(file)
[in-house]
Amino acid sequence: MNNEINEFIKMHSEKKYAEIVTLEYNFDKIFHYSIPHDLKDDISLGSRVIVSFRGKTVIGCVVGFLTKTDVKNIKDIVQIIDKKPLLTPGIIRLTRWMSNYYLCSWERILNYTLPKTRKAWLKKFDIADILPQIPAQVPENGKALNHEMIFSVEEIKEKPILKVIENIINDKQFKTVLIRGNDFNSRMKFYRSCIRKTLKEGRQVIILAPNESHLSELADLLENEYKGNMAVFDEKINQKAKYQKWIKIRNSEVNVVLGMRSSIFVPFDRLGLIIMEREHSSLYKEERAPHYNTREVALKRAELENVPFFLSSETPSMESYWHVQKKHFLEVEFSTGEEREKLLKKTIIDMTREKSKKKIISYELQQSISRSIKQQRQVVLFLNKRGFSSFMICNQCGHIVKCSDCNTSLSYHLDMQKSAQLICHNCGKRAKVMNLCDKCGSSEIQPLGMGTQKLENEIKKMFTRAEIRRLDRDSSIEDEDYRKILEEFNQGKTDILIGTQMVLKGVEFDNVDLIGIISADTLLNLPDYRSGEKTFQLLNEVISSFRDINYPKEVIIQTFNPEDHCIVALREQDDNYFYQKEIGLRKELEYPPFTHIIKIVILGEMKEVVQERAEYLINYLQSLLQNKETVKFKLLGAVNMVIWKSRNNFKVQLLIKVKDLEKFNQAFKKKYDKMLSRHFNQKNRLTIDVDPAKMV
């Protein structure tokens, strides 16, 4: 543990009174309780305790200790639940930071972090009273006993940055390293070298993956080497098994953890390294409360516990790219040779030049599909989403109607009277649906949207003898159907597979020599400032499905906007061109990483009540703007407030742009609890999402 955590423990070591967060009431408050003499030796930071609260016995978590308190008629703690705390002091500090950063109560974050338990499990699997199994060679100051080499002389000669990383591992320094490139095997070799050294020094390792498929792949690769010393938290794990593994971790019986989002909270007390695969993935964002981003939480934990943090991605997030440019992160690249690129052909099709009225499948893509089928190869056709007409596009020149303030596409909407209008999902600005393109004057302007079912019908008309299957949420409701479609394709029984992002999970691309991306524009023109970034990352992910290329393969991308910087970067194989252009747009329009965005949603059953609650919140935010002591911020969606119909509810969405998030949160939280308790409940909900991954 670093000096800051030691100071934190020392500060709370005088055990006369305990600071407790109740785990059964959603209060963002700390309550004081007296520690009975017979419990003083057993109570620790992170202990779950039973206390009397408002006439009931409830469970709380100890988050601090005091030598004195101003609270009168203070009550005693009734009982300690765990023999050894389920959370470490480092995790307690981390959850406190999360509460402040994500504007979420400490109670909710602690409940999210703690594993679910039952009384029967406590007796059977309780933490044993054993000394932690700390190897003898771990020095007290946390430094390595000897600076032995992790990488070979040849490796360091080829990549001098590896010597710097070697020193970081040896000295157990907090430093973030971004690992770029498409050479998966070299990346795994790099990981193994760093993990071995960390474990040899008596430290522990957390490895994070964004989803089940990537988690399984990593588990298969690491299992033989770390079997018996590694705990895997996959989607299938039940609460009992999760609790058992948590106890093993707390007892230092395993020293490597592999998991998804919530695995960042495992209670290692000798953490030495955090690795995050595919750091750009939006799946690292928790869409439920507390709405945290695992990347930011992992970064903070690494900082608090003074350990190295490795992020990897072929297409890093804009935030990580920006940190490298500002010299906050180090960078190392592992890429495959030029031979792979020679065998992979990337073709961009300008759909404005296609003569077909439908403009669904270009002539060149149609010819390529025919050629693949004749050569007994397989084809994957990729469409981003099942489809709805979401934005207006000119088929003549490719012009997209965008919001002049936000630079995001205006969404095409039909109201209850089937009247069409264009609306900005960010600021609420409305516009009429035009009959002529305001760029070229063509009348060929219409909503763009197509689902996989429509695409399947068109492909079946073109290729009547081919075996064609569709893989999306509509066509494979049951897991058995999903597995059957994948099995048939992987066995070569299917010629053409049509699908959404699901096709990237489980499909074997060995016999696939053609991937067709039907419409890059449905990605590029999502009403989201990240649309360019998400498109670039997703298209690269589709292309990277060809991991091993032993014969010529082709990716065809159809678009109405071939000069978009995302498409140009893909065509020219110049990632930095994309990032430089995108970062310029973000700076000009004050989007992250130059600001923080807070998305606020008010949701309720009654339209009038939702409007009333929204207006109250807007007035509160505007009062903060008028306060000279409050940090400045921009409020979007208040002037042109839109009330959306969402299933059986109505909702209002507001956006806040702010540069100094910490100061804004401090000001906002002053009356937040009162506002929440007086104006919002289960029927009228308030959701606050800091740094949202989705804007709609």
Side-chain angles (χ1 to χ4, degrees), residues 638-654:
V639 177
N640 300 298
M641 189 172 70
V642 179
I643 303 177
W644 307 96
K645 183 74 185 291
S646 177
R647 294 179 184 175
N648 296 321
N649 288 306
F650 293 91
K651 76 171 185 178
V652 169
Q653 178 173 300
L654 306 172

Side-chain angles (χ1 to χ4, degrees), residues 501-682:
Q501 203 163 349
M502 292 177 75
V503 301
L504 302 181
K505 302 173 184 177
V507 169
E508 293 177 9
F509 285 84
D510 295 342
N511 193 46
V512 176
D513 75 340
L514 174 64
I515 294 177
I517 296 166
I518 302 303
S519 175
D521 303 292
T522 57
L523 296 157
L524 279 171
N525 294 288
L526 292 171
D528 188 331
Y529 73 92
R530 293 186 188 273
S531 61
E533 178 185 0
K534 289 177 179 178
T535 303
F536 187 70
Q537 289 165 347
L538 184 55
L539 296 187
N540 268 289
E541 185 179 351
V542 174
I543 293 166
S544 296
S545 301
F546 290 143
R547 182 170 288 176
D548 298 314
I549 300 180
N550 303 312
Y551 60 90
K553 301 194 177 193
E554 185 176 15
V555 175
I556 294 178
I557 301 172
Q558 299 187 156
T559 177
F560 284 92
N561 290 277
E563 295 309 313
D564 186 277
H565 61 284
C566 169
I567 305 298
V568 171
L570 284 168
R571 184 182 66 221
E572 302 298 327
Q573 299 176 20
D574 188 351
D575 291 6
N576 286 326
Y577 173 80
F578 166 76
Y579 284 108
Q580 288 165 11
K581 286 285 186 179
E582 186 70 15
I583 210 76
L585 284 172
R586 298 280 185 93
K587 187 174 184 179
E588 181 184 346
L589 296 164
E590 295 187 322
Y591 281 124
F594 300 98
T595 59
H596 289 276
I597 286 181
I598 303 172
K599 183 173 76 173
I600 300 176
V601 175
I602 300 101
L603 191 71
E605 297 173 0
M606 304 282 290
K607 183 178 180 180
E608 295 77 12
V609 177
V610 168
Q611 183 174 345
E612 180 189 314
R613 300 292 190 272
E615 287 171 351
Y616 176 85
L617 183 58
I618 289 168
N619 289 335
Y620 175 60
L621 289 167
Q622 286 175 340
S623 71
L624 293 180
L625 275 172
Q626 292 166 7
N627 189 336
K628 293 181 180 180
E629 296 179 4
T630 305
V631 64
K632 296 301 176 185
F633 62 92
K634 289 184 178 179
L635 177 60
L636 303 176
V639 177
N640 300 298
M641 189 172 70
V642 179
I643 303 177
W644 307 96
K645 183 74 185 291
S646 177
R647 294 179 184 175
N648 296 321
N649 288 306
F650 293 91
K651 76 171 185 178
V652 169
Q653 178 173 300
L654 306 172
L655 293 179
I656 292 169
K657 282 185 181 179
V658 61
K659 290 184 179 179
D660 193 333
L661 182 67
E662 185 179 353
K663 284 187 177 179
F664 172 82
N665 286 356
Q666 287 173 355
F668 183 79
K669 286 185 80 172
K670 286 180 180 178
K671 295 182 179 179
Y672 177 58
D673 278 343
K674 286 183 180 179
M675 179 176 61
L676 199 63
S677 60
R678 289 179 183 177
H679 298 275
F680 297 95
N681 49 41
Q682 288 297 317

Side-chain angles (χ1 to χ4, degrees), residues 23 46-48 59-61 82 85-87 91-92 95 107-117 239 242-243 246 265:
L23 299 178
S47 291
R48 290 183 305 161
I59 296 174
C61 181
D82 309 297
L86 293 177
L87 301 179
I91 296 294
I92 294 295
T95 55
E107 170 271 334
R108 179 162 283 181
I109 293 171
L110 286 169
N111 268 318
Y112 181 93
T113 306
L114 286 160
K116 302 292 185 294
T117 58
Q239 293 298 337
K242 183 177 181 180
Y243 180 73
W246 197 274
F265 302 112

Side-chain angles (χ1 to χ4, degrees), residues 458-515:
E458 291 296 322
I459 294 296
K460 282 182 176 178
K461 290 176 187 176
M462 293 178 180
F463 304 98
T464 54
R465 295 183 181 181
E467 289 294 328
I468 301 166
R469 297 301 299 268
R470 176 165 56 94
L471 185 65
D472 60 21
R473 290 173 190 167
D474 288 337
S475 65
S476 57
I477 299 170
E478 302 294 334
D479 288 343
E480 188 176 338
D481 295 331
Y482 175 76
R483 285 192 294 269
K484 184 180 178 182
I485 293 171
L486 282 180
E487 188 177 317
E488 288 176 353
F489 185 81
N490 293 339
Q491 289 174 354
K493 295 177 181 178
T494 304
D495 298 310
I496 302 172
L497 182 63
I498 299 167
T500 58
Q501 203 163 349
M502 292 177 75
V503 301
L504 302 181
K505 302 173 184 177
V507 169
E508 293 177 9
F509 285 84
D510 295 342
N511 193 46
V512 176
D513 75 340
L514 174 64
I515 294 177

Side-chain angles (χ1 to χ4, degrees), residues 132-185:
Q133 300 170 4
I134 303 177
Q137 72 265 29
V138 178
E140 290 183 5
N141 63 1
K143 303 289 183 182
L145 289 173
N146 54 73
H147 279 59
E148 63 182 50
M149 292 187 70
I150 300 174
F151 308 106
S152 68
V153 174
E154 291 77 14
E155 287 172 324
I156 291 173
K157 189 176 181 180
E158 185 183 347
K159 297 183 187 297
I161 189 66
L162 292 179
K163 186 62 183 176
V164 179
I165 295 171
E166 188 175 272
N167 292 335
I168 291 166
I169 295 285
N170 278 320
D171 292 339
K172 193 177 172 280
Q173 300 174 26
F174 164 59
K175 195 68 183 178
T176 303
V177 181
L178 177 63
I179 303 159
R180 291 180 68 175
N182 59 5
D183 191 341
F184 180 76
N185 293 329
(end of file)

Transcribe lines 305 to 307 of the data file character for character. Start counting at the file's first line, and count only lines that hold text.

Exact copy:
Q173 300 174 26
F174 164 59
K175 195 68 183 178